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Fishing weakens a positive link between herbivore abundance and plant growth in tropical seagrass beds
Stockholm University, Faculty of Science, Department of Ecology, Environment and Plant Sciences.ORCID iD: 0000-0002-3973-1703
Stockholm University, Faculty of Science, Department of Ecology, Environment and Plant Sciences.
(English)Manuscript (preprint) (Other academic)
Abstract [en]

Herbivory is a key process influencing the structure and function of both terrestrial and aquatic systems. In seagrass ecosystems, moderate levels of herbivory may stimulate plant growth, compensating for the loss of eaten tissue. However, the relationship between herbivory and seagrass growth can be influenced by an array of factors, such as seasonality, herbivore abundance, and presence of epiphytes, many of which can be directly or indirectly affected by human activities like fishing. Here, we used data from a multi-season field survey in fished and protected seagrass beds to assess how fishing and seasonality affect the link between herbivores, herbivory, and plant growth in seagrasses. Path analyses revealed an interactive effect of seasonality and protection. In protected seagrass beds, seasonally high herbivore abundance positively affected herbivory rates, which in turn enhanced seagrass growth. This link was however not apparent in seagrass beds subjected to fishing activities. At the same time, seasonality effects seemed stronger in fished areas, suggesting that in addition to weakening a positive herbivory-plant growth interaction, fishing increases temporal instability of ecosystems. Our results highlight the need for evaluating not only the direct effects of fisheries exploitation on fish populations, but also the potential indirect effects on ecosystems, to improve fisheries management.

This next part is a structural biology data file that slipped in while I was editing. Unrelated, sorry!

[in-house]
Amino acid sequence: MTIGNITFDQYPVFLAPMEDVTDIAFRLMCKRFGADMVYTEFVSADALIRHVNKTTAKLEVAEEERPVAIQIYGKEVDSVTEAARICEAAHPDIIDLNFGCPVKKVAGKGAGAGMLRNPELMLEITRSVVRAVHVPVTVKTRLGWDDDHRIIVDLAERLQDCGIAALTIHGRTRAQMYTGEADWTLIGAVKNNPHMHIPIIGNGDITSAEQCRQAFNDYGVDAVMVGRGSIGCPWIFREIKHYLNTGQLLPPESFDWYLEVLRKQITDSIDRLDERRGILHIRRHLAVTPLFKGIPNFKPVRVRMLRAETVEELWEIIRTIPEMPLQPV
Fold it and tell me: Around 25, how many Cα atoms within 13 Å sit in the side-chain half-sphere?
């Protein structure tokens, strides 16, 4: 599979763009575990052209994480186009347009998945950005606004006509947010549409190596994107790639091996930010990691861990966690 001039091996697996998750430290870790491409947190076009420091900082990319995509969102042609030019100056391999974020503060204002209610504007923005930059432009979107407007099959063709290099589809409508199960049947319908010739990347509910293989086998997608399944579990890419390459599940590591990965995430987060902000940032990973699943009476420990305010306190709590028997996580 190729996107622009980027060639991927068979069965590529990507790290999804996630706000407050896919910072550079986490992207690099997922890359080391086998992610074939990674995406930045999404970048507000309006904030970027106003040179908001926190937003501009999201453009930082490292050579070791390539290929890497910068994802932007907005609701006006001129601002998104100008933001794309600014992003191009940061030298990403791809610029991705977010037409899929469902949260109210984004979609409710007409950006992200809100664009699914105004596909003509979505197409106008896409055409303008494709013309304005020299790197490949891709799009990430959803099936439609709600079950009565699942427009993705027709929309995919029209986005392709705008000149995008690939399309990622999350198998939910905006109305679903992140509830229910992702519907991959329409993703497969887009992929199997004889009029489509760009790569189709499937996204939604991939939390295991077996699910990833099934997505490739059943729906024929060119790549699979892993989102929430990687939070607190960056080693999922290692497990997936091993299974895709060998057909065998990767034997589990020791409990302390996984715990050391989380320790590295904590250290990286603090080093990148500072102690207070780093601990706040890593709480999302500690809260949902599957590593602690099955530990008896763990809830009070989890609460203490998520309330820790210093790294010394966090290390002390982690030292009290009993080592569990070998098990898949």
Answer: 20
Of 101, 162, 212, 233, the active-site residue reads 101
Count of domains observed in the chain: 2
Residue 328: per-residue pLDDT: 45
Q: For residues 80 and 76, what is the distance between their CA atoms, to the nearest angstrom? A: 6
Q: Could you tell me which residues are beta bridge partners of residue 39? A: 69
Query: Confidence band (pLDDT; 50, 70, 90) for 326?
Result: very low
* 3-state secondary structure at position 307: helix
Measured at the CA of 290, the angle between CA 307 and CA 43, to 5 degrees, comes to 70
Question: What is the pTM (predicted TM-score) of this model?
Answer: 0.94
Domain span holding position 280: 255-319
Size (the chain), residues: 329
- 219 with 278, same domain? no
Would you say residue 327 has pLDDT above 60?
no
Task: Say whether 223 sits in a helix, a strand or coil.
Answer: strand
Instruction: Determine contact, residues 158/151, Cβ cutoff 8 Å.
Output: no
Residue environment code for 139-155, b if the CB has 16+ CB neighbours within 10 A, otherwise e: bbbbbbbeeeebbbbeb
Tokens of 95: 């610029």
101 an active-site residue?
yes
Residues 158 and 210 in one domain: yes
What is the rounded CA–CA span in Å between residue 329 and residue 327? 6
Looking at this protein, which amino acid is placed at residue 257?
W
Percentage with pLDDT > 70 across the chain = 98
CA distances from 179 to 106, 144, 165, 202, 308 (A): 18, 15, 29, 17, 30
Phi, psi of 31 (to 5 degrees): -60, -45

National Category
Biological Sciences
Research subject
Marine Ecology
Identifiers
URN: urn:nbn:se:su:diva-154965OAI: oai:DiVA.org:su-154965DiVA, id: diva2:1196074
Available from: 2018-04-09 Created: 2018-04-09 Last updated: 2018-04-10Bibliographically approved
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Alonso Aller, ElisaEklöf, Johan S.
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